Evidence in birds of oil spill two years ago

Researchers have found pollutants from the BP oil disaster two years ago in the eggs of Minnesota birds.

SAINT PAUL, Minn. | May 17, 2012

"any contaminant that makes its way into the bird could be bad"

—Mark Clark

Researchers say they have found traces of pollutants from the BP oil rig disaster in the Gulf of Mexico two years ago in the eggs of Minnesota birds.

In examining pelican eggs in the largest lakeside colony of American white pelicans in North America, scientists have discovered traces of petroleum compounds, as well as remnants of Corexit, a chemical used to break up the oil spill.

The birds migrate back to Minnesota after spending the winter in the Gulf, with young pelicans usually spending a year in the warmer climates, Minnesota Public Radio reported.

Mark Clark, an ecologist at North Dakota State University, studies pelican eggs, and is helping the state Department of Natural Resources look for contaminants that could cause birth defects in developing pelican embryos.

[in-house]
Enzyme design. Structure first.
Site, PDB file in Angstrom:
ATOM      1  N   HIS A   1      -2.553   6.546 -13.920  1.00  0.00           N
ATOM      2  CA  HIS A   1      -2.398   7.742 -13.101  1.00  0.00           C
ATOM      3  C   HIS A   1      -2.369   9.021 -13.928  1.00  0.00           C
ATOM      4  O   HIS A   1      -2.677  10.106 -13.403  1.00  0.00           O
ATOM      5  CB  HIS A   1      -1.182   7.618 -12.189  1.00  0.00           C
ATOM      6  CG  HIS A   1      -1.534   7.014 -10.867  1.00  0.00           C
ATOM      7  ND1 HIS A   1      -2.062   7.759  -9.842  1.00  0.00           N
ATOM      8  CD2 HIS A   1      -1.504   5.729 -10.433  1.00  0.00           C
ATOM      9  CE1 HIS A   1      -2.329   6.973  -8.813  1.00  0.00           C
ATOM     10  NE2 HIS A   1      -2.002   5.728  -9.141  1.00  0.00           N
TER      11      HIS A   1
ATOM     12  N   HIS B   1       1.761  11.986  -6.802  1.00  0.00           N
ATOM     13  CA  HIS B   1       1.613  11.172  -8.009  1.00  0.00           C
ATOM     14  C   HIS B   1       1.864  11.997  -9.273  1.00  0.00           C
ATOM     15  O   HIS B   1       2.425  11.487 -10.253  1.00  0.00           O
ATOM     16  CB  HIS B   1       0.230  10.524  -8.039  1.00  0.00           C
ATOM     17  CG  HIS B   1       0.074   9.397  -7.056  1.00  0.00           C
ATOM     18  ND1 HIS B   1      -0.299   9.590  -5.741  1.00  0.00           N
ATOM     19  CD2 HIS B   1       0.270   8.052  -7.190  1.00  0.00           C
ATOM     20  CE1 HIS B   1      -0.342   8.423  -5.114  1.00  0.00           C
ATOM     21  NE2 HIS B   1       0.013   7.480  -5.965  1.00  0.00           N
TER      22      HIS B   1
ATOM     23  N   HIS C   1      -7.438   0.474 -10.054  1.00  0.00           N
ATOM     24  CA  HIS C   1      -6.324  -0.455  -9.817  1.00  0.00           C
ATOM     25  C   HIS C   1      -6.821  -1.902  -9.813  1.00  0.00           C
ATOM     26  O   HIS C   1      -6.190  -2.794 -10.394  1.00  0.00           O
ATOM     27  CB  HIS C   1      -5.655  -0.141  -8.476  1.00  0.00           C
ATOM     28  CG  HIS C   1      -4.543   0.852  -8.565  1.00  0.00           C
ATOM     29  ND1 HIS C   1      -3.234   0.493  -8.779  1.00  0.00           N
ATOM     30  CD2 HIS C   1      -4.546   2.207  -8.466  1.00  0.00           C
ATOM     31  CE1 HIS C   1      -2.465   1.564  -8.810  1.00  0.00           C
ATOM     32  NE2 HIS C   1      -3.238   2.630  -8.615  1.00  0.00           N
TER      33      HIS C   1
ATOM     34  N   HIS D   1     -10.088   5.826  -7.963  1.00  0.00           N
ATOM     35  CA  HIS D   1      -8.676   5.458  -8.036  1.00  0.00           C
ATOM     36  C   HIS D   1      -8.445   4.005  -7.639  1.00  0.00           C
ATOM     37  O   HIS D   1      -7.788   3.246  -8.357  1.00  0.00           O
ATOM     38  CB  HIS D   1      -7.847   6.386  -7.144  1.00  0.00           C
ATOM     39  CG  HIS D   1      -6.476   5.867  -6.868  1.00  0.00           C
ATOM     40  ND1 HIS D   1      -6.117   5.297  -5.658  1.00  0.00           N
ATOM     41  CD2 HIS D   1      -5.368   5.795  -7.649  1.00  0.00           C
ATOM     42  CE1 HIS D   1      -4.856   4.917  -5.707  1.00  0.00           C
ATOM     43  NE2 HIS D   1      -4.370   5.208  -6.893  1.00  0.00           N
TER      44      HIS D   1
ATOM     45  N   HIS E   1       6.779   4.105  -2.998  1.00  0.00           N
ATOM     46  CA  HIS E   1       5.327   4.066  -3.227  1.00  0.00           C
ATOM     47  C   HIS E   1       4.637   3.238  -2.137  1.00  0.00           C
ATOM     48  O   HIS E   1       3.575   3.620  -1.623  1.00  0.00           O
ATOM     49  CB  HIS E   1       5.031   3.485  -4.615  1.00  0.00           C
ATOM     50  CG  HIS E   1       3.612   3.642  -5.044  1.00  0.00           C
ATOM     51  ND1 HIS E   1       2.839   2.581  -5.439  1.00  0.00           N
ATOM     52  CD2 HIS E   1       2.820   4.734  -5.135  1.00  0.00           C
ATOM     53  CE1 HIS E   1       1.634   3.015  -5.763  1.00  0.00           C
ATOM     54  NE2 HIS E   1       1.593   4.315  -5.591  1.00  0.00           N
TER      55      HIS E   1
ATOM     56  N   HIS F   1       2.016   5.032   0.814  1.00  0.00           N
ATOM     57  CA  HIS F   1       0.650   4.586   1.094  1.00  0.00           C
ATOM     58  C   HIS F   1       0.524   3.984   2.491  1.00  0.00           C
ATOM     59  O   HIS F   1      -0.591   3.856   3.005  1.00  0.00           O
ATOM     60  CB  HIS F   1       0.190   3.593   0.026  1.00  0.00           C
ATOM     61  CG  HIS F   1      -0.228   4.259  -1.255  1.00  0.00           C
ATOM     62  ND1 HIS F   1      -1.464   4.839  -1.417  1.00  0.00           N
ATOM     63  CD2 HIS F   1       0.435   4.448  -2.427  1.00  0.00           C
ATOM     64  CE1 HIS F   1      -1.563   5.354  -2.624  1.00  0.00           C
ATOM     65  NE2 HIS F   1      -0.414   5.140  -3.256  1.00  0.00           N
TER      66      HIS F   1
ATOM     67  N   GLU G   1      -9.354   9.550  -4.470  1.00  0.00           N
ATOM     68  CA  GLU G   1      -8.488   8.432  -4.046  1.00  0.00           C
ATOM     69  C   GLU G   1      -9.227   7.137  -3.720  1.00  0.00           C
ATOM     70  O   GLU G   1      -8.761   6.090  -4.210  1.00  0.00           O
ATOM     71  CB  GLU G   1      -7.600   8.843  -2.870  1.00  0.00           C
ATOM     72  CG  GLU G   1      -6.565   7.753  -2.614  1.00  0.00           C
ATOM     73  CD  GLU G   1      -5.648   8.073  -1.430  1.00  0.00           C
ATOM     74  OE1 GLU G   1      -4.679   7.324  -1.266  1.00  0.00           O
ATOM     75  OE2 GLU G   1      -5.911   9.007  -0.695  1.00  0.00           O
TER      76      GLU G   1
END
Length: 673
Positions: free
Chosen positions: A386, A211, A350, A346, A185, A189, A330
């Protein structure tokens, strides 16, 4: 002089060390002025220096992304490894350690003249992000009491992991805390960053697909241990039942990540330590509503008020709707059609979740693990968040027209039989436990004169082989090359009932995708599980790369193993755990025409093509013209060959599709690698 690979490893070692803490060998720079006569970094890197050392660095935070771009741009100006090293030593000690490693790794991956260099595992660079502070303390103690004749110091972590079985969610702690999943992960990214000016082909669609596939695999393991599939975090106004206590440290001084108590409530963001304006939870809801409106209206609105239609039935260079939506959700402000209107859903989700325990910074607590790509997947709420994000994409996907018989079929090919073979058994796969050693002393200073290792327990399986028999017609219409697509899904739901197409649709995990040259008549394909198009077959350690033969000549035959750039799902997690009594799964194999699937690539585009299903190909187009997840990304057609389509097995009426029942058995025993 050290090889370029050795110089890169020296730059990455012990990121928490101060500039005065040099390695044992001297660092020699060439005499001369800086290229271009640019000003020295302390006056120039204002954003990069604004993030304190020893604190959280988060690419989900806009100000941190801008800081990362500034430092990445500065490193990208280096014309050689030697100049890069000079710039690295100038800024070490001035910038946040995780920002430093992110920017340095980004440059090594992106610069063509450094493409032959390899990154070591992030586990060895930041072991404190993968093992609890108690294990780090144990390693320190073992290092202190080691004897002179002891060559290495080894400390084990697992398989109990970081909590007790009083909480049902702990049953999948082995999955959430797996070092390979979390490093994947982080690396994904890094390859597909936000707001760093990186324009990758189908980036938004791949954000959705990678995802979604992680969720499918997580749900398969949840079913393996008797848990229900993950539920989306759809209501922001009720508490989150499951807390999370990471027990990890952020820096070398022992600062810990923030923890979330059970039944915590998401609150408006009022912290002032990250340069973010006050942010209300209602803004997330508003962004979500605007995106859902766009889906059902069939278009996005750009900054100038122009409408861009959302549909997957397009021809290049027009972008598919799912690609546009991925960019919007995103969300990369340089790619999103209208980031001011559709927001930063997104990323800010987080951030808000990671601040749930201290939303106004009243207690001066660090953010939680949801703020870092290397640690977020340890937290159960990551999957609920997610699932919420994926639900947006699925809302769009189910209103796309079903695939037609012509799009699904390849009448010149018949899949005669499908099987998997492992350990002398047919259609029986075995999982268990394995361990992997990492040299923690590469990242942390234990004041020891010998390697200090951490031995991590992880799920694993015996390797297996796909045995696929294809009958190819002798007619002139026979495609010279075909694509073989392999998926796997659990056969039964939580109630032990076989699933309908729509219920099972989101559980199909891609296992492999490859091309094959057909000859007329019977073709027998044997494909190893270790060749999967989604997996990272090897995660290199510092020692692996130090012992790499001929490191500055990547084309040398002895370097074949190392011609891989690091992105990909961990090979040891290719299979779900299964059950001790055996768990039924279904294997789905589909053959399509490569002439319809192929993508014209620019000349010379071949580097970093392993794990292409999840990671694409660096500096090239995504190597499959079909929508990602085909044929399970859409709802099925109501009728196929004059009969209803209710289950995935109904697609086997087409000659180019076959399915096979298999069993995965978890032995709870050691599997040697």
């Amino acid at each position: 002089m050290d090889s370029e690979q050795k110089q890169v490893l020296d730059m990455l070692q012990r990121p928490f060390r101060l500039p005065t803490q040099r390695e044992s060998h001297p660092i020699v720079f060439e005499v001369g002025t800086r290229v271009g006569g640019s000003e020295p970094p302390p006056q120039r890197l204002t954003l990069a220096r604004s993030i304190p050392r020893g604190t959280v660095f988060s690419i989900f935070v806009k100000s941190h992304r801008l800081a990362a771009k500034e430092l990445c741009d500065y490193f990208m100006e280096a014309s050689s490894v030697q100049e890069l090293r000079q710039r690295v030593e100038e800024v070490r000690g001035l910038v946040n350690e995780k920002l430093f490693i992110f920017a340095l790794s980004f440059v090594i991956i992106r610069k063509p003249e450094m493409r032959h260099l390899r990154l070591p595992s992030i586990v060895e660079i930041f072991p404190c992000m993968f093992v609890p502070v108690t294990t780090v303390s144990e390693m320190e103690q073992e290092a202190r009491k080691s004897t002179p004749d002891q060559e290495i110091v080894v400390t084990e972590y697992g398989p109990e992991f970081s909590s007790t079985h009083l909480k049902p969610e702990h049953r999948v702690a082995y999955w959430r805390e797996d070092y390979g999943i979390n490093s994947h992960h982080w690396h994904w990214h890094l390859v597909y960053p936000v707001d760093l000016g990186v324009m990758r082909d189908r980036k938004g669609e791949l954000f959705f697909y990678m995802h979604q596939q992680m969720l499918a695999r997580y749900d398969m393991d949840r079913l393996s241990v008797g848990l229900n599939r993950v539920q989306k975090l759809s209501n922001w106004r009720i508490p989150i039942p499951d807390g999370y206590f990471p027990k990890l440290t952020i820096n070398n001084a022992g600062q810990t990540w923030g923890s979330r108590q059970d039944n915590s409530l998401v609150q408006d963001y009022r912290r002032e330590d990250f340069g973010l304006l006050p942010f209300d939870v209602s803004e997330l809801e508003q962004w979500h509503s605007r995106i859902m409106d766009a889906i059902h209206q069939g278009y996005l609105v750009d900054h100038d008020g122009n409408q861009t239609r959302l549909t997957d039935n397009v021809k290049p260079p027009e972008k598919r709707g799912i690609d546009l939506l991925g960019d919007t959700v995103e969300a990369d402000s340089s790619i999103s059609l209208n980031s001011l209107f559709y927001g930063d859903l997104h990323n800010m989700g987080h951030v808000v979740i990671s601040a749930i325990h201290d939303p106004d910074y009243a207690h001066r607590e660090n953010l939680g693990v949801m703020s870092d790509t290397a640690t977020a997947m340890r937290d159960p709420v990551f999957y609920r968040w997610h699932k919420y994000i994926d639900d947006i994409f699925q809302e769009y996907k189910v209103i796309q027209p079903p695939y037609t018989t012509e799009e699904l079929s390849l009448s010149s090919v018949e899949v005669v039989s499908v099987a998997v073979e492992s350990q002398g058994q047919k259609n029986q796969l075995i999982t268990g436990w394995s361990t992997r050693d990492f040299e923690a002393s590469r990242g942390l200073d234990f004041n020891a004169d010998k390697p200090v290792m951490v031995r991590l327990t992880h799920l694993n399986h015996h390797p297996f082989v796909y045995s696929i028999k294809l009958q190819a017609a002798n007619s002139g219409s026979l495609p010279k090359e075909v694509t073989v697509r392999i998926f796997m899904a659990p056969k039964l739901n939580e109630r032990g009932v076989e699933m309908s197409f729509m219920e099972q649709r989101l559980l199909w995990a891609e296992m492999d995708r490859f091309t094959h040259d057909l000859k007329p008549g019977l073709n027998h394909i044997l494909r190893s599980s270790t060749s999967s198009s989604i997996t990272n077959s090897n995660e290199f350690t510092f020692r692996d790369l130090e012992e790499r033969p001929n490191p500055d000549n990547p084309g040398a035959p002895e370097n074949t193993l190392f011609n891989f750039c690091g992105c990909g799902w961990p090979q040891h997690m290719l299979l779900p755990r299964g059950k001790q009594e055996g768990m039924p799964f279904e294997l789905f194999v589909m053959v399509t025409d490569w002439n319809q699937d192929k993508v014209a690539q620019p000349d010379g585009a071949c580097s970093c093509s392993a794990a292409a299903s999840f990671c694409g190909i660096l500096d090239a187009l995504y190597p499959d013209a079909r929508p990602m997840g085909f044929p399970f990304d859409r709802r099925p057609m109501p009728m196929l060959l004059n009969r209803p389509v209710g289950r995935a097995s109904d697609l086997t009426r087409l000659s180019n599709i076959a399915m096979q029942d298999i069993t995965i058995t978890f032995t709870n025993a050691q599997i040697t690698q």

"Even if they're present in small amounts, they may have a large impact on the development," Clark said. "Any contaminant that makes its way into the bird could be bad, but it could be especially bad if it gets into the egg because that's where the developing embryo and chick starts. And when things go wrong at that stage, there's usually no recovery."

Clark said the research on how petroleum affects developing bird embryos is scant, meaning scientists are unsure of what will happen when the pelican eggs hatch.

The Environmental Protection Agency has said Corexit contains carcinogens as well as endocrine-disruptors, which Clark said could interfere with growth hormones at play during an embryo's development. Nearly 80 percent of the eggs tested so far contain Corexit, while 90 percent contained petroleum compounds.

2012 United Press International, Inc. All Rights Reserved.

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